The reality of climate change and the imperative to cut greenhouse gas (GHG) emissions globally is requiring leaders in business, government and civil society to consider what will be required to have a competitive economy with much lower GHG emissions. Green investment capital and financing need to be mobilized to address climate change, support transformation toward an economy with much lower or no net GHG emissions and sustain robust economic performance. Finance is not going to solve climate change, but it has a central role to play in making the transition happen.
How much financing and investment is needed? At a global level, a recent Morgan Stanley study estimates that a staggering $73 trillion in global investment is required over the next three decades to transition to a global energy system with no GHG emissions.
Of that amount, $16.6 trillion (USD 2013) would be invested in China, about $7.8 trillion in the U.S., and about $6.2 trillion in Europe. This investment would include power generation with no GHG emissions (hydro, wind, solar and nuclear), transmission and local distribution, and expanded and enhanced use of electricity by consumers, businesses and governments.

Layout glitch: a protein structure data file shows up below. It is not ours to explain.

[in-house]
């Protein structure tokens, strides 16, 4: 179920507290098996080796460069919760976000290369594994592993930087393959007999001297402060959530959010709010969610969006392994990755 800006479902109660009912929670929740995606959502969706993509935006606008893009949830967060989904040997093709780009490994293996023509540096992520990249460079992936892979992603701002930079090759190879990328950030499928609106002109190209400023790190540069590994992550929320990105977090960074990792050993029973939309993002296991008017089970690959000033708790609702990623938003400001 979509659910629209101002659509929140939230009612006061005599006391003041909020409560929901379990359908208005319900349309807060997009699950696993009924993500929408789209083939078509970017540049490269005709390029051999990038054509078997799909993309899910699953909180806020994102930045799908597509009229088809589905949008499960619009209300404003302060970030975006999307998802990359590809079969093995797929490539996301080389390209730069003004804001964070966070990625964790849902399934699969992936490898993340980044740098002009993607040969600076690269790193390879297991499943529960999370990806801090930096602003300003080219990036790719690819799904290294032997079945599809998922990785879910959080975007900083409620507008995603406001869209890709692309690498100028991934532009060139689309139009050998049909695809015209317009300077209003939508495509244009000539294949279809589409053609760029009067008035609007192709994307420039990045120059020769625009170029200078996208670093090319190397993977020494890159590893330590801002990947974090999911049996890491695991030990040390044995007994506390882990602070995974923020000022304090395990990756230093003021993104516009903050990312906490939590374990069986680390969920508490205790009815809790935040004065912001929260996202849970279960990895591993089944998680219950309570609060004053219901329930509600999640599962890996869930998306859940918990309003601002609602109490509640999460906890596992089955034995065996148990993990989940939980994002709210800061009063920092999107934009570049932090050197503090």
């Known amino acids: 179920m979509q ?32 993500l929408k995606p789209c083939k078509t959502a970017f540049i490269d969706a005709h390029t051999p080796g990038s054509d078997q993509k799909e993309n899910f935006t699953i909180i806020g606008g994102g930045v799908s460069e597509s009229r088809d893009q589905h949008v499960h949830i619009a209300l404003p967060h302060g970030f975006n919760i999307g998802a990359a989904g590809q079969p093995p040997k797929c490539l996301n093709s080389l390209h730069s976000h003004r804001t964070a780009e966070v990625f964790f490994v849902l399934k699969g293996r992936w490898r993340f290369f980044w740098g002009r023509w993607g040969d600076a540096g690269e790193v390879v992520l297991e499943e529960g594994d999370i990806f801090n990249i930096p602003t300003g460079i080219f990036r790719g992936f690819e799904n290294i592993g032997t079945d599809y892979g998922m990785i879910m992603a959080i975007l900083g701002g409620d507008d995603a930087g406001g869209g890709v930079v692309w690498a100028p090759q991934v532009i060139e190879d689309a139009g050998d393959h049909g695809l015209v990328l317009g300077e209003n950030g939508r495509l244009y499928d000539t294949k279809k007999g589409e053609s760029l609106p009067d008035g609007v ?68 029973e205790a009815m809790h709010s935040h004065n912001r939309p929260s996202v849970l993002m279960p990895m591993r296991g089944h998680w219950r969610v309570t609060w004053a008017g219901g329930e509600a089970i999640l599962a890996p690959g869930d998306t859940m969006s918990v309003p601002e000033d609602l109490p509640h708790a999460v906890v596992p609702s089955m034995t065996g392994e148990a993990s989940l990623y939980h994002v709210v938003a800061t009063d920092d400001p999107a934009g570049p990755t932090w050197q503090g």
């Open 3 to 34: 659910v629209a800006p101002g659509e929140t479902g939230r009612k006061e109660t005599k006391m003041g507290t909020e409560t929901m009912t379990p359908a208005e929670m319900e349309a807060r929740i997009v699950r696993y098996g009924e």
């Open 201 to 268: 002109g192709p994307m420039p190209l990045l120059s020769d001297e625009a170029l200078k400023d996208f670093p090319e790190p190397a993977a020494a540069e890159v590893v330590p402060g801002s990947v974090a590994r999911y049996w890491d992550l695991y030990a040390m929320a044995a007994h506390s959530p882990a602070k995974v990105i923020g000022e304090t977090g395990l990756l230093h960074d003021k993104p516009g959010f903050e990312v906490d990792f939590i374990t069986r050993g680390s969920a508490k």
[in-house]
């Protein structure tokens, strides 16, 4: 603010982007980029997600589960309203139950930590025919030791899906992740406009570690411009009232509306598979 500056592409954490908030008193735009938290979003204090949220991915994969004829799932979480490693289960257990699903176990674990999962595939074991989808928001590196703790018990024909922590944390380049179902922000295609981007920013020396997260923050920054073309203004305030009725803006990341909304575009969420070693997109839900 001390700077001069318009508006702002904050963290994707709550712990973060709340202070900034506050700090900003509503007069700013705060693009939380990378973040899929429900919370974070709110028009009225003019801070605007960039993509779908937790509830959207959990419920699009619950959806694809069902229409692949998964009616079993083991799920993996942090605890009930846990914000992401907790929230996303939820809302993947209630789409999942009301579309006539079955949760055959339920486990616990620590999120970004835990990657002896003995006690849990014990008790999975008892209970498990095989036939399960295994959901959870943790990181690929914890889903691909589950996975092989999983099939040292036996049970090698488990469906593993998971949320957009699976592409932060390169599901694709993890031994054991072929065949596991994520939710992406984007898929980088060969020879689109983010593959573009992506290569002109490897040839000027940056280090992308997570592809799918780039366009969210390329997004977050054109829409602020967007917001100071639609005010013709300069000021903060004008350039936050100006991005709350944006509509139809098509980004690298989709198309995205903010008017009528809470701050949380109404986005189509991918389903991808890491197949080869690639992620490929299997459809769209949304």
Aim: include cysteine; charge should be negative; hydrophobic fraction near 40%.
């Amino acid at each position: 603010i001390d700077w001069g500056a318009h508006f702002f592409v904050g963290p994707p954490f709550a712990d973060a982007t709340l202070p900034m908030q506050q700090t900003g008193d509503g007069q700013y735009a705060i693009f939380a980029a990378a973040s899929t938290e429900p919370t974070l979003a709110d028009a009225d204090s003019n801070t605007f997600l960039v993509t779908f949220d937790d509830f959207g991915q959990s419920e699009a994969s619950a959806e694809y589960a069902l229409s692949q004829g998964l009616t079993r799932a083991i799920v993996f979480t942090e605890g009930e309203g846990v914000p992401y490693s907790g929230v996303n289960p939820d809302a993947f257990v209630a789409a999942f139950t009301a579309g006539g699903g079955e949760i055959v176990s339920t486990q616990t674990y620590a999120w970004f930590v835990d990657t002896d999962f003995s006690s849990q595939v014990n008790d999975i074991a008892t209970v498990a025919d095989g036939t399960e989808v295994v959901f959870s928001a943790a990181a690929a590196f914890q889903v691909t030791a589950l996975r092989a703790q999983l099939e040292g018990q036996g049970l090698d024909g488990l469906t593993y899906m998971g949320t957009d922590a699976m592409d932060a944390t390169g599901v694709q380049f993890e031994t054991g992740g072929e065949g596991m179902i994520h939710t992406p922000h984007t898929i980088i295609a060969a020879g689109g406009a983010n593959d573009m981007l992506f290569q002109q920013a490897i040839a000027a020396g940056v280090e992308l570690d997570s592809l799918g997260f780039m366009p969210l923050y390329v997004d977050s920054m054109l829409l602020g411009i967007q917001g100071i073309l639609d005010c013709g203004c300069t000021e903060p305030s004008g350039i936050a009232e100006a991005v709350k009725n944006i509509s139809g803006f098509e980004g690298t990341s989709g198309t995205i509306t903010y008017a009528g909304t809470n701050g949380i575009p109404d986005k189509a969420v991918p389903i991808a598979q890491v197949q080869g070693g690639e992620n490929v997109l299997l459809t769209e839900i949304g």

Who will provide the required investment capital and financing? Green finance has been treated as a marginal activity to now, but that is quickly changing. Larry Fink, the chair of Blackrock Capital, a market-leading global investor and asset manager, just released a letter stating that climate change has become a defining factor in companies’ long-term prospects. In his view, we are on the edge of a fundamental reshaping of finance. Climate risk is investment risk and needs to be taken fully into account.
Pools of capital, institutions and expertise in the private sector will ultimately deliver the bulk of sustainable financing. National and sub-national governments the world over have recognized the opportunity to manage new climate risks and accelerate the low-carbon transition, while at the same time spurring economic development. Traditional and emerging financial centres are beginning to show ambitions to become global hubs in green finance. Indeed, IFCL has recently worked with economic development organizations to define strategies to position their jurisdiction as a sustainable finance centre in an increasingly competitive environment.
More broadly, private sector financial institutions are beginning to build green finance lines of business. They are earmarking portions of investment capital for green purposes, through equity investment, debt financing and insurance and other risk management products. Markets are developing for green bonds and specialized instruments like catastrophic bonds, and internal centres of expertise are being created.
What specific areas will require green investment capital and financing? These include: